African elephants are being lost at an unprecedented rate and demand for ivory shows no decline. Tens of thousands of elephants are killed illegally every year across Africa with some 35,000 lost in 2012 alone. African forest elephants in particular have been affected by poaching and have declined by 76 percent since 2002. There are now only about 80,000 remaining in the wild. A major challenge to stopping the trafficking is the lack of effective law enforcement controls along the trade chain from Africa, through the transit states, and to the end consumer markets. Legal domestic ivory markets are an enforcement challenge and often serve to provide cover for laundering of ivory from illegally killed elephants in Africa. Once ivory is within a country's borders, it becomes difficult to distinguish legal from illegal ivory. As long as demand for ivory remains high and enforcement effort is low, the legal trade will continue to serve as a front and criminal syndicates will continue to drive elephant poaching across Africa. In order to save elephants, there is a need to address the problem on three fronts: 1) Stop the killing; 2) Stop the trafficking; and 3) Stop the demand.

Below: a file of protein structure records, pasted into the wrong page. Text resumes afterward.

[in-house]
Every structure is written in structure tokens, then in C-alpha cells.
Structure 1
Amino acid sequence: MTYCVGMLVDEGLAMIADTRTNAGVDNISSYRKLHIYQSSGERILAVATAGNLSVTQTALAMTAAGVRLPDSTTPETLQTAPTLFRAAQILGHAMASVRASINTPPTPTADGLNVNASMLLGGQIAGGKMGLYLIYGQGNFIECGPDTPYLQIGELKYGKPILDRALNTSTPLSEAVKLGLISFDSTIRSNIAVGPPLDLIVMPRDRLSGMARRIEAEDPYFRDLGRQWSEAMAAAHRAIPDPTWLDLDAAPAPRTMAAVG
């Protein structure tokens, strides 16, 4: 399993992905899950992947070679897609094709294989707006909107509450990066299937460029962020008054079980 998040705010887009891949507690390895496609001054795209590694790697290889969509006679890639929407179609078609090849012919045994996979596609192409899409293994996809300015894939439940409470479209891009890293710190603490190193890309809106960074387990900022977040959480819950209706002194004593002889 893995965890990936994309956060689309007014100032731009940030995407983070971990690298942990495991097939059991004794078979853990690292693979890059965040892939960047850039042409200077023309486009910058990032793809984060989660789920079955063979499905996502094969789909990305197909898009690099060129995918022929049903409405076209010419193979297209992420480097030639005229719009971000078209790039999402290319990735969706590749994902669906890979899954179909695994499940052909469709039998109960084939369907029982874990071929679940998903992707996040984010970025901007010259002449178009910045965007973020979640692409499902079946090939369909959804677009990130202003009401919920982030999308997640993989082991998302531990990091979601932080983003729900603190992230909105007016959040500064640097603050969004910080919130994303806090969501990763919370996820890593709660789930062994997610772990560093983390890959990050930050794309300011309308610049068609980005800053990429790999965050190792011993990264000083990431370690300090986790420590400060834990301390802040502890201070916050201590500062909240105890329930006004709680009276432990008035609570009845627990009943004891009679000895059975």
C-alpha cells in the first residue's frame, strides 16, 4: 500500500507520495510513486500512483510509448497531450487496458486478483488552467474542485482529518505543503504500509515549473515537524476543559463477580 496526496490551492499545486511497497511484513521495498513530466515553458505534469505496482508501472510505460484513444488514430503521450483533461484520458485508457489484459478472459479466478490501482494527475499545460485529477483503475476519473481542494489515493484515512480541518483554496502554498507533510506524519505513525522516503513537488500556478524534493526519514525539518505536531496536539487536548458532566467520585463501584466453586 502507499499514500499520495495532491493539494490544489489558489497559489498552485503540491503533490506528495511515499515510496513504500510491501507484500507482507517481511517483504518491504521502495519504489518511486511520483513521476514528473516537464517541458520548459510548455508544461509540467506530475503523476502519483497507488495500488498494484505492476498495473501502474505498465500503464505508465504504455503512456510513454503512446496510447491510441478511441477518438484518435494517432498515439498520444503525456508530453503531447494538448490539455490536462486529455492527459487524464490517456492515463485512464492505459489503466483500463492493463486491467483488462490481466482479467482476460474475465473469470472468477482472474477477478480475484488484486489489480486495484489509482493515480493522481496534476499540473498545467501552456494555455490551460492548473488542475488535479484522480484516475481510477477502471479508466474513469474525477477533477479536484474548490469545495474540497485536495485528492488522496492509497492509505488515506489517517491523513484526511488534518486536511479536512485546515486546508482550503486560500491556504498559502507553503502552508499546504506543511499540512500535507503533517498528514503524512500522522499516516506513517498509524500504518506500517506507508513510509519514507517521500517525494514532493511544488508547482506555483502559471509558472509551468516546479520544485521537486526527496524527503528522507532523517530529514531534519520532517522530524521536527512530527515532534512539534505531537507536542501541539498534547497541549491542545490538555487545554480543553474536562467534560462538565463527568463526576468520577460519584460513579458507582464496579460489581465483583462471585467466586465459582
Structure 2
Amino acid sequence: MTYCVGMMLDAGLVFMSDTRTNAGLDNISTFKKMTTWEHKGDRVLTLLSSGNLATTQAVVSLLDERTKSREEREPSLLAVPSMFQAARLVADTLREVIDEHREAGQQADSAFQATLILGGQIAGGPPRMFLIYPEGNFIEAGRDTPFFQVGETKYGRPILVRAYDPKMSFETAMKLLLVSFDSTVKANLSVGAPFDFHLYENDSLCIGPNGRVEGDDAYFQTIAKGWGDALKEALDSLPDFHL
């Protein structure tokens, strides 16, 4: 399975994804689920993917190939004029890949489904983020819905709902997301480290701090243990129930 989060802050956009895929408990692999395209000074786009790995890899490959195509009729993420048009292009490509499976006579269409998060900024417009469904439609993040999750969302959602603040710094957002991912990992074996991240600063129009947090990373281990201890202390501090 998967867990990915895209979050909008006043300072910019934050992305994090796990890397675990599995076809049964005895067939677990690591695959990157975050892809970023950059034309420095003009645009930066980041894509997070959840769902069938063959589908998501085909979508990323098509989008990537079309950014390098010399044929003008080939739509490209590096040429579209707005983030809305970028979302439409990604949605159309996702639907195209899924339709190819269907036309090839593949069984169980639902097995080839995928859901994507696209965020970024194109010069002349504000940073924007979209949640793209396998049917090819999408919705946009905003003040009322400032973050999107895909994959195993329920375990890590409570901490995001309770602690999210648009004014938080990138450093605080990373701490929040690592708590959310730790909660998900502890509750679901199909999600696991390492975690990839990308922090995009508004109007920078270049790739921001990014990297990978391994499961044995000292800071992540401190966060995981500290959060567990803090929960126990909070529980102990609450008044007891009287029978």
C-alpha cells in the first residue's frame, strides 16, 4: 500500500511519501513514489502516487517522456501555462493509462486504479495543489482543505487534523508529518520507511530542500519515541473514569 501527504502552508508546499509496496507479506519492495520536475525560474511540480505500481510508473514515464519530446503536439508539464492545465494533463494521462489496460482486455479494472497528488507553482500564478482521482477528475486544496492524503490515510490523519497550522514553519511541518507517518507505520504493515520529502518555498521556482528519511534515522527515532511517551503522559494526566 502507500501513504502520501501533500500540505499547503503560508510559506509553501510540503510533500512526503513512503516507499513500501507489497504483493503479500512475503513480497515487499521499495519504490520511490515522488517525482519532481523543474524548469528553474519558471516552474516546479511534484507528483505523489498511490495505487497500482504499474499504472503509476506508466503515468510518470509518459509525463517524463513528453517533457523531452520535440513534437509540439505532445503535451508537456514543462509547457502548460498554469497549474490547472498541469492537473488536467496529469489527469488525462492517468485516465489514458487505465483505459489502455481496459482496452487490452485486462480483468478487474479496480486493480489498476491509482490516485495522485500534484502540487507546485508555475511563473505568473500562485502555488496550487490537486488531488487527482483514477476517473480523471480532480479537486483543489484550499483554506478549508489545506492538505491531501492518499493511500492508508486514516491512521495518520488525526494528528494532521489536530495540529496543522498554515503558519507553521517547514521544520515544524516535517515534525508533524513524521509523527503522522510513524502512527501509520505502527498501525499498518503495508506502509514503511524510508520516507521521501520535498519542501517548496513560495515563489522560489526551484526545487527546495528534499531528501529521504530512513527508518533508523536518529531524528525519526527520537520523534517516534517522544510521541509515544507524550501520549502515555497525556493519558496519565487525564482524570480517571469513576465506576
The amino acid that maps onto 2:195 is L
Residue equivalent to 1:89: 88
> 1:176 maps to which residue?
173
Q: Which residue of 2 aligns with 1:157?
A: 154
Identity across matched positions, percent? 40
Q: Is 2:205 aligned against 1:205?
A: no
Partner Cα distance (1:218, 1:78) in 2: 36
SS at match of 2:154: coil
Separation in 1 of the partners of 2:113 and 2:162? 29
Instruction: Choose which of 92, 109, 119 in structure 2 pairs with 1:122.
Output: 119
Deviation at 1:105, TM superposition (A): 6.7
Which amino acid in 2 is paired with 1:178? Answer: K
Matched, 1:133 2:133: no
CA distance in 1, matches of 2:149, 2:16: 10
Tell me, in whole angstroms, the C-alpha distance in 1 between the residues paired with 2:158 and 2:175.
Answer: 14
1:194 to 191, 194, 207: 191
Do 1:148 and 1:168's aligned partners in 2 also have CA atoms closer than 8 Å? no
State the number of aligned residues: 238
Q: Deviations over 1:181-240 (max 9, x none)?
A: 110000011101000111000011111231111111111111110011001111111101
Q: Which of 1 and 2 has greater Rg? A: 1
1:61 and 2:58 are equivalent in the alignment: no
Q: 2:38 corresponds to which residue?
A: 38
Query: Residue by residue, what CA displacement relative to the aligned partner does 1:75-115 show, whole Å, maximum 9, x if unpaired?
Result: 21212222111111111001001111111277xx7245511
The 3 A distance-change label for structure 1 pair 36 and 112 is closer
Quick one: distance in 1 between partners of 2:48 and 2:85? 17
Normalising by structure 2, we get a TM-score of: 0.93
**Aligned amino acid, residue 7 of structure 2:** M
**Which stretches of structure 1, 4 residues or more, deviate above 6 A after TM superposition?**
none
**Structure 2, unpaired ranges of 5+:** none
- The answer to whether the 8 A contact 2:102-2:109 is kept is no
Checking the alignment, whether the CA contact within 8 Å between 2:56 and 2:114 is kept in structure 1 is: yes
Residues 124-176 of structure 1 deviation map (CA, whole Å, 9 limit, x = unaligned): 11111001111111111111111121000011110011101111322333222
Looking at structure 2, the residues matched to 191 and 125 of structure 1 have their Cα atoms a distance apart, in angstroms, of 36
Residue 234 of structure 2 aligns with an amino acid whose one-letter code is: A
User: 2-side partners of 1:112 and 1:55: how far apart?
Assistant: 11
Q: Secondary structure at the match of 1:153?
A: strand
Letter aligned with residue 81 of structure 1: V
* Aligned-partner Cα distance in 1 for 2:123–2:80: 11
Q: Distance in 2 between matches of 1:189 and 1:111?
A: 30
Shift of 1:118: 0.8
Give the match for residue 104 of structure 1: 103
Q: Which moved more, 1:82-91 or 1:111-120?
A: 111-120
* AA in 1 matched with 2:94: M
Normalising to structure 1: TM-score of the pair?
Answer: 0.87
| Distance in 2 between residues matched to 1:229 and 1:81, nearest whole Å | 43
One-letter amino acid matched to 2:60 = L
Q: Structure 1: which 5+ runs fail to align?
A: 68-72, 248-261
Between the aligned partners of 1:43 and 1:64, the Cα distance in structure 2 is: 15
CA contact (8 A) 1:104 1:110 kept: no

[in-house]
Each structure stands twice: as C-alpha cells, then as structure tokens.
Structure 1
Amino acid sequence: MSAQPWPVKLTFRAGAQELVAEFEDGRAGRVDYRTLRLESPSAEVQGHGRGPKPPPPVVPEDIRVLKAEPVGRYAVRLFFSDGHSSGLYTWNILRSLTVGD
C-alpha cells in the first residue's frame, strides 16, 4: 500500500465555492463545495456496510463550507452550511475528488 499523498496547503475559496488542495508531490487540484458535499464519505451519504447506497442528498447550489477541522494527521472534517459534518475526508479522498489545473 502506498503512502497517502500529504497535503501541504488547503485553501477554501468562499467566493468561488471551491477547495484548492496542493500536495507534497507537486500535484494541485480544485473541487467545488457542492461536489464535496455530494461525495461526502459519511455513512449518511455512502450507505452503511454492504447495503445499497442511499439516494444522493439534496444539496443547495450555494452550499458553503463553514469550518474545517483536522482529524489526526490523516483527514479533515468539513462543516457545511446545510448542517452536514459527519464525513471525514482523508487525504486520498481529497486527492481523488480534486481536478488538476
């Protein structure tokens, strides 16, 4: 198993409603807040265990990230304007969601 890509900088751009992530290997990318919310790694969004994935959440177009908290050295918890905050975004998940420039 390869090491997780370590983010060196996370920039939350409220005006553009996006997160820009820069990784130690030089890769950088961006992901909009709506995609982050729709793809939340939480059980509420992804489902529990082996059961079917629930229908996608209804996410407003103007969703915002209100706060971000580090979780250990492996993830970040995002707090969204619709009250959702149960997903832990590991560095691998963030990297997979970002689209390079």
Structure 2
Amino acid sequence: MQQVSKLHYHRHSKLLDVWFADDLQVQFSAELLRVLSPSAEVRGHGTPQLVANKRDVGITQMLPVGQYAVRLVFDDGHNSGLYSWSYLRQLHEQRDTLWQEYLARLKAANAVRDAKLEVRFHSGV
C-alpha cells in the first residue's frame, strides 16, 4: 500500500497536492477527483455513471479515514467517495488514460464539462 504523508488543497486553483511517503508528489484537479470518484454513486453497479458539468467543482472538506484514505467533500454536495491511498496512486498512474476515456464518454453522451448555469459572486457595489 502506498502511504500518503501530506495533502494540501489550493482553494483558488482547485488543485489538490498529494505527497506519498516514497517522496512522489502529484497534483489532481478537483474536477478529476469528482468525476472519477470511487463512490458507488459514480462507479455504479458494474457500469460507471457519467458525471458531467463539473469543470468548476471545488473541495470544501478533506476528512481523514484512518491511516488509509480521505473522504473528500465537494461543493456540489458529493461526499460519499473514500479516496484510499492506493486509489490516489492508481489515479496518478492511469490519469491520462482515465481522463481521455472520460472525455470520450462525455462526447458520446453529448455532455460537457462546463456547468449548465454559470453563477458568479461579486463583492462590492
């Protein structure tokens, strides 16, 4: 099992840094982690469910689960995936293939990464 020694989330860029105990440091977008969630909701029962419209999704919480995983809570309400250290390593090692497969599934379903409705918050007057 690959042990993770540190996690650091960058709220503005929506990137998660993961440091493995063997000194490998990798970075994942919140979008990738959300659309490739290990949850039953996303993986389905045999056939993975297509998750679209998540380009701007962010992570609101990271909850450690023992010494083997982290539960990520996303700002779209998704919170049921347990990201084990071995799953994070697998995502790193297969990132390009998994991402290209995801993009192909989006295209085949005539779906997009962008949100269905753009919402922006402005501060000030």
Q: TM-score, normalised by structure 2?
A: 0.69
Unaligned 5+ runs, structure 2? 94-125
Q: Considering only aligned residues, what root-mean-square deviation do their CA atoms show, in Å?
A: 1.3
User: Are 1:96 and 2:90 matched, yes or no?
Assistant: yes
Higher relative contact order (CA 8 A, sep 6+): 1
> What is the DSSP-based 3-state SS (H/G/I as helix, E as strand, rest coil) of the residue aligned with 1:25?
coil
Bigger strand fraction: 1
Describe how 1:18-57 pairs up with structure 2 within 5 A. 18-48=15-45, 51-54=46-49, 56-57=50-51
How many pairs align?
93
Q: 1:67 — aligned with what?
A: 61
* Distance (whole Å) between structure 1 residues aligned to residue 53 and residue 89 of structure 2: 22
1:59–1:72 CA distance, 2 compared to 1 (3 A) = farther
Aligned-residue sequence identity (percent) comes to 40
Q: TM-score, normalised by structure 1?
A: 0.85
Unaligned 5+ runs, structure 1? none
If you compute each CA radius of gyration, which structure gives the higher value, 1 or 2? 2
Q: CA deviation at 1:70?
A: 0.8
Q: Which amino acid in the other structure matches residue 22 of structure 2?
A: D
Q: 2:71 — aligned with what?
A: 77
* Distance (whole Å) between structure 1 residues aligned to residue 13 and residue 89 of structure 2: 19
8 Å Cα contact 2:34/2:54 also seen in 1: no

The partnership seeks additional partners to provide financial or in-kind support totaling $70 million in order to 1) scale up anti-poaching enforcement at the 50 priority elephant sites by hiring and supporting an additional 3,100 park guards, 2) roll out anti-trafficking efforts including technologies, training, sniffer dog teams, etc. at 10 key transit points, and 3) implement demand reduction efforts in 10 consumer markets over the next three years. This level of additional investment would reverse the decline of Africa's elephants.
NGO partners are offering financial resources, technical expertise, monitoring, training and enforcement support, media support and other in-kind resources.